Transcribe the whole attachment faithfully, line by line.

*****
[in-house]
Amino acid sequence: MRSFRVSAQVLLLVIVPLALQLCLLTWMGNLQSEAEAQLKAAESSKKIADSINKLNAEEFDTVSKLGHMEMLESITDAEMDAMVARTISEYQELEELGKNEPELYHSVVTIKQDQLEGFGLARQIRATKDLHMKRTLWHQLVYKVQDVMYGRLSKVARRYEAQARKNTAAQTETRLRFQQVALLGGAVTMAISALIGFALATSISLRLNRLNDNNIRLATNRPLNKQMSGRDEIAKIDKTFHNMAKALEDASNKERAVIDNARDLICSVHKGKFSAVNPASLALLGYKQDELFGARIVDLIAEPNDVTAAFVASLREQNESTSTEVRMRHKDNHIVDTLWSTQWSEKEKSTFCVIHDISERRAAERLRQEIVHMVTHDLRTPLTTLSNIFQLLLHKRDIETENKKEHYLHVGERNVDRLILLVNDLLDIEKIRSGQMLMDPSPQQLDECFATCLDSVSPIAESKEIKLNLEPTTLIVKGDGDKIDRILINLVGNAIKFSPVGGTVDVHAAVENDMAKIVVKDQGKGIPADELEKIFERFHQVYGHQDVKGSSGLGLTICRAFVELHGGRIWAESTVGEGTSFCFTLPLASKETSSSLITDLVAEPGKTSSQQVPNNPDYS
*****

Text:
[in-house]
Amino acid sequence: MRSFRVSAQVLLLVIVPLALQLCLLTWMGNLQSEAEAQLKAAESSKKIADSINKLNAEEFDTVSKLGHMEMLESITDAEMDAMVARTISEYQELEELGKNEPELYHSVVTIKQDQLEGFGLARQIRATKDLHMKRTLWHQLVYKVQDVMYGRLSKVARRYEAQARKNTAAQTETRLRFQQVALLGGAVTMAISALIGFALATSISLRLNRLNDNNIRLATNRPLNKQMSGRDEIAKIDKTFHNMAKALEDASNKERAVIDNARDLICSVHKGKFSAVNPASLALLGYKQDELFGARIVDLIAEPNDVTAAFVASLREQNESTSTEVRMRHKDNHIVDTLWSTQWSEKEKSTFCVIHDISERRAAERLRQEIVHMVTHDLRTPLTTLSNIFQLLLHKRDIETENKKEHYLHVGERNVDRLILLVNDLLDIEKIRSGQMLMDPSPQQLDECFATCLDSVSPIAESKEIKLNLEPTTLIVKGDGDKIDRILINLVGNAIKFSPVGGTVDVHAAVENDMAKIVVKDQGKGIPADELEKIFERFHQVYGHQDVKGSSGLGLTICRAFVELHGGRIWAESTVGEGTSFCFTLPLASKETSSSLITDLVAEPGKTSSQQVPNNPDYS